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Blue light stimulates cognitive brain activity in visually blind individuals

Vandewalle, G., Collignon, O., Hull, J.T., Daneault, V., Albouy, G., Lepore, F., Phillips, C., Doyon, J., Czeisler, C.A., Dumont, M. , Lockley, S.W. and Carrier, J. (2013) Blue light stimulates cognitive brain activity in visually blind individuals Journal of Cognitive Neuroscience, 25 (12). pp. 2072-2085.

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Abstract

Light regulates multiple non-image-forming (or nonvisual) circadian, neuroendocrine, and neurobehavioral functions, via outputs from intrinsically photosensitive retinal ganglion cells (ipRGCs). Exposure to light directly enhances alertness and performance, so light is an important regulator of wakefulness and cognition. The roles of rods, cones, and ipRGCs in the impact of light on cognitive brain functions remain unclear, however. A small percentage of blind individuals retain non-image-forming photoreception and offer a unique opportunity to investigate light impacts in the absence of conscious vision, presumably through ipRGCs. Here, we show that three such patients were able to choose nonrandomly about the presence of light despite their complete lack of sight. Furthermore, 2 sec of blue light modified EEG activity when administered simultaneously to auditory stimulations. fMRI further showed that, during an auditory working memory task, less than a minute of blue light triggered the recruitment of supplemental prefrontal and thalamic brain regions involved in alertness and cognition regulation as well as key areas of the default mode network. These results, which have to be considered as a proof of concept, show that non-image-forming photoreception triggers some awareness for light and can have a more rapid impact on human cognition than previously understood, if brain processing is actively engaged. Furthermore, light stimulates higher cognitive brain activity, independently of vision, and engages supplemental brain areas to perform an ongoing cognitive process. To our knowledge, our results constitute the first indication that ipRGC signaling may rapidly affect fundamental cerebral organization, so that it could potentially participate to the regulation of numerous aspects of human brain function. © 2013 Massachusetts Institute of Technology.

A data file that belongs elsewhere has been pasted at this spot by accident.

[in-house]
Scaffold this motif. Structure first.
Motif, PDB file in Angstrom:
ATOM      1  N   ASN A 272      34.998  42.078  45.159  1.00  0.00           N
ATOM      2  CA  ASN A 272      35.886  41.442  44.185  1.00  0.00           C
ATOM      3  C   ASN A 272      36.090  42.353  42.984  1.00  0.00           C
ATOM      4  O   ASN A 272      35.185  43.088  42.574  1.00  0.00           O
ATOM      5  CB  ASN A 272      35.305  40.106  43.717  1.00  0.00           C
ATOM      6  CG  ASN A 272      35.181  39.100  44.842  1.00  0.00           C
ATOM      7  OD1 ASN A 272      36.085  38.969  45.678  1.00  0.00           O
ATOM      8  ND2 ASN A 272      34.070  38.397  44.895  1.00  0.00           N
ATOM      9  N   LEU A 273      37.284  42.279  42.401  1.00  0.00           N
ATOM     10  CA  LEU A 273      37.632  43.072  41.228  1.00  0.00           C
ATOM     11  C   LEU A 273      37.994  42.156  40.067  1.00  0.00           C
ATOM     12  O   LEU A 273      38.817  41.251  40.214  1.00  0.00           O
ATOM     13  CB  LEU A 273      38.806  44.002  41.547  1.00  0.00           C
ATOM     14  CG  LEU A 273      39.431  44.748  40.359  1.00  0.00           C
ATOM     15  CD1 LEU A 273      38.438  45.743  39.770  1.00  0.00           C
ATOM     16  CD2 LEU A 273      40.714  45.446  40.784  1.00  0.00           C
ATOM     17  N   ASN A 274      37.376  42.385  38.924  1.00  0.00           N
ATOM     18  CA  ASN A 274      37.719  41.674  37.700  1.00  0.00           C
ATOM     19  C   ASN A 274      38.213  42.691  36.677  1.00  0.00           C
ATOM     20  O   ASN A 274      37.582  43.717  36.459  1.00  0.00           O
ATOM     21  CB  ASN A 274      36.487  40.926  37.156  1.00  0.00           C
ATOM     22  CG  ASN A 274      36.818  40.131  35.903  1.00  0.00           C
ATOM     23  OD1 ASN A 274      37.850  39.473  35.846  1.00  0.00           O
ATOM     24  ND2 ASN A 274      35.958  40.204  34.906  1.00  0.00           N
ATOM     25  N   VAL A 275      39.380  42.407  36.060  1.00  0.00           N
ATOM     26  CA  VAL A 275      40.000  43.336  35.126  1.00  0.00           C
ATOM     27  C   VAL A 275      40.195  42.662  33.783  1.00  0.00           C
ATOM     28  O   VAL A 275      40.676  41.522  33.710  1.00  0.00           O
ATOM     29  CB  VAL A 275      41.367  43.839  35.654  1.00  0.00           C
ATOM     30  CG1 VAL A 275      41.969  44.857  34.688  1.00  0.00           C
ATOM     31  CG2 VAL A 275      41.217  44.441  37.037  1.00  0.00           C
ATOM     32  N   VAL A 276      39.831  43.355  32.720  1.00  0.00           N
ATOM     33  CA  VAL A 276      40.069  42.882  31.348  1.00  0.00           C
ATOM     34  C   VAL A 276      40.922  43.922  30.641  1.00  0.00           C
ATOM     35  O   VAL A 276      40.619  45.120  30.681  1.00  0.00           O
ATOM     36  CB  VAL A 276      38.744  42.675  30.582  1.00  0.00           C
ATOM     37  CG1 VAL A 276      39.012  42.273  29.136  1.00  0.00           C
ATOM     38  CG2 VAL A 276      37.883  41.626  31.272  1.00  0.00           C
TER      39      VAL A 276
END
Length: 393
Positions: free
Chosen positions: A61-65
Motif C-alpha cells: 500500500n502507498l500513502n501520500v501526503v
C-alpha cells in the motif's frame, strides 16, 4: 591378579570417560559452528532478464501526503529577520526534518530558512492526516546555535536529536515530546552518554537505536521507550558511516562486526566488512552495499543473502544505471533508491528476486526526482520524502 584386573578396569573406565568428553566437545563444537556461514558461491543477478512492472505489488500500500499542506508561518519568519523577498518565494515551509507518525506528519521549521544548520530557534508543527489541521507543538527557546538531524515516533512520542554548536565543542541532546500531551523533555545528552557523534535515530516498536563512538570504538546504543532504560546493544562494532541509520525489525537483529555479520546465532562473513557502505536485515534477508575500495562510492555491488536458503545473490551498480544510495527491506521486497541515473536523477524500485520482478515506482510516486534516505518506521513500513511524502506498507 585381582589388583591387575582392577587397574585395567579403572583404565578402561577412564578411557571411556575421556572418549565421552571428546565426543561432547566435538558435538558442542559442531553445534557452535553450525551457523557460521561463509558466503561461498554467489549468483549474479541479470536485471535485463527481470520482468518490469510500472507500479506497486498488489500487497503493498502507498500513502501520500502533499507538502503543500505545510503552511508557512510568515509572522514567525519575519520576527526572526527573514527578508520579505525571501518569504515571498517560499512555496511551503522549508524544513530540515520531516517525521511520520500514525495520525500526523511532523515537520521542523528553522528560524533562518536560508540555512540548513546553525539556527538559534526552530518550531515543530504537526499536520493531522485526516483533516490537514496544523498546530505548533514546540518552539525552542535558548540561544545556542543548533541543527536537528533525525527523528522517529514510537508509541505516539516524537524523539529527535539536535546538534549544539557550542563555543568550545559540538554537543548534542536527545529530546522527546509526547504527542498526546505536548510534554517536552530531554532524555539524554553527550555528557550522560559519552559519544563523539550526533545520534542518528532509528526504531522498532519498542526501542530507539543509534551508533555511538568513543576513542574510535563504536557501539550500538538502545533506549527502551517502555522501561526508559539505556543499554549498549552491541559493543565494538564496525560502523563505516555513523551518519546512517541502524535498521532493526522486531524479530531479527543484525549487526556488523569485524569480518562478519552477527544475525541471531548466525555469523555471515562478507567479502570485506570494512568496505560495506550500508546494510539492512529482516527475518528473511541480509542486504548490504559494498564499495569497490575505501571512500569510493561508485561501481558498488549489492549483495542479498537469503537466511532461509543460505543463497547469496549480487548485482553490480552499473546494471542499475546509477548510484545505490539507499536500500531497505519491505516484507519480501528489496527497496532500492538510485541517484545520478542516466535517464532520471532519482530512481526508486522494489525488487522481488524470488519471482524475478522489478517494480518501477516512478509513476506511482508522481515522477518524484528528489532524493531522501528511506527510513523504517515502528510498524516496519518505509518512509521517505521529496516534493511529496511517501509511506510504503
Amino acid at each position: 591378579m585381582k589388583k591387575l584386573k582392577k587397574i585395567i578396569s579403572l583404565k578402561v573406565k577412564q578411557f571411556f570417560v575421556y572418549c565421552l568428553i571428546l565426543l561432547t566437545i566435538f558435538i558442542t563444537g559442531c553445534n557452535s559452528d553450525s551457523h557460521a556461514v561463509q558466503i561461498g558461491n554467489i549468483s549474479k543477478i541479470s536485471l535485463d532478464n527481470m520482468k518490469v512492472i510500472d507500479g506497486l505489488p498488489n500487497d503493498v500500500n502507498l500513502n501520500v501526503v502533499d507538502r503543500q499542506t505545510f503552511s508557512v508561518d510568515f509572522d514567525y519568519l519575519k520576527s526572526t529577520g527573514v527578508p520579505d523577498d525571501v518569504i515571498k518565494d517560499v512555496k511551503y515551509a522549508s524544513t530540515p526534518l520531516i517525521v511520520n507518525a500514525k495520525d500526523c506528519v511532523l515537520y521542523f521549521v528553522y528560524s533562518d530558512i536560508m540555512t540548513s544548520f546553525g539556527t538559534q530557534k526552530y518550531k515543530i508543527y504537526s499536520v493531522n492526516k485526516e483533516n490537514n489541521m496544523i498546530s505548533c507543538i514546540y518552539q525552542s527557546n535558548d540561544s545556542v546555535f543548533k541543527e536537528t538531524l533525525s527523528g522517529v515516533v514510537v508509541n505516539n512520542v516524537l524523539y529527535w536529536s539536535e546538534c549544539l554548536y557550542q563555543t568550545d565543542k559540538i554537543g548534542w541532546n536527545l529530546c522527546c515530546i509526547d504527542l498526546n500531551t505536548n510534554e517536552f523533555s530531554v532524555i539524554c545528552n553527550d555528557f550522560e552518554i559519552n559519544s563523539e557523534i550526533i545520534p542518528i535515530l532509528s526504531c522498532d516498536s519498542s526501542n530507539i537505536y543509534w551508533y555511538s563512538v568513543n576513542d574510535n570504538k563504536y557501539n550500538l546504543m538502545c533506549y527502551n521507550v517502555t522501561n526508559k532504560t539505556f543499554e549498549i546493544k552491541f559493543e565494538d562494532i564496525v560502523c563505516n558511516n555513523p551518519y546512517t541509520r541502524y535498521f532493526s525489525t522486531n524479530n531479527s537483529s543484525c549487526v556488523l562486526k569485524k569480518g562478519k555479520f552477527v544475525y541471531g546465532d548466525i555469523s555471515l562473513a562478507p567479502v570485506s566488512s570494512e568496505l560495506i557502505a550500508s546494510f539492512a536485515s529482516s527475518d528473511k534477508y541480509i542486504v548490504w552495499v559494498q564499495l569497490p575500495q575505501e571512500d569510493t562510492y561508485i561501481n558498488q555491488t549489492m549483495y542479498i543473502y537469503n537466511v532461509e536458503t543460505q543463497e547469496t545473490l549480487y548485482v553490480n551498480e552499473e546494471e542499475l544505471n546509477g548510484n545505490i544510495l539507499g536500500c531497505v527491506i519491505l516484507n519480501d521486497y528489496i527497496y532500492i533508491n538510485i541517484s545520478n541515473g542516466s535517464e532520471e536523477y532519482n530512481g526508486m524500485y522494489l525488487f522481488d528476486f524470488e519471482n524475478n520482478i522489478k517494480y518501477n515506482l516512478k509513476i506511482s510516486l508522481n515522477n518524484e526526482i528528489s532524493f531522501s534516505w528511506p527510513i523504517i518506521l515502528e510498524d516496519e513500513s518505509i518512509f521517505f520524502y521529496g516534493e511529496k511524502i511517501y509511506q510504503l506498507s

Item Type: Article
Authors :
NameEmailORCID
Vandewalle, G.
Collignon, O.
Hull, J.T.
Daneault, V.
Albouy, G.
Lepore, F.
Phillips, C.
Doyon, J.
Czeisler, C.A.
Dumont, M.
Lockley, S.W.s.lockley@surrey.ac.uk
Carrier, J.
Date : 2013
DOI : 10.1162/jocn_a_00450
Uncontrolled Keywords : adult, aged, alertness, article, auditory stimulation, blindness, blue light, brain function, brain region, case report, cognition, default mode network, electroencephalogram, evoked visual response, female, functional magnetic resonance imaging, human, male, prefrontal cortex, priority journal, task performance, thalamus, working memory, Aged, Blindness, Brain, Cognition, Evoked Potentials, Auditory, Evoked Potentials, Visual, Female, Humans, Male, Middle Aged, Photic Stimulation, Phototherapy, Psychomotor Performance
Depositing User : Clive Harris
Date Deposited : 17 Jun 2020 01:31
Last Modified : 17 Jun 2020 01:31
URI: http://epubs.surrey.ac.uk/id/eprint/857898

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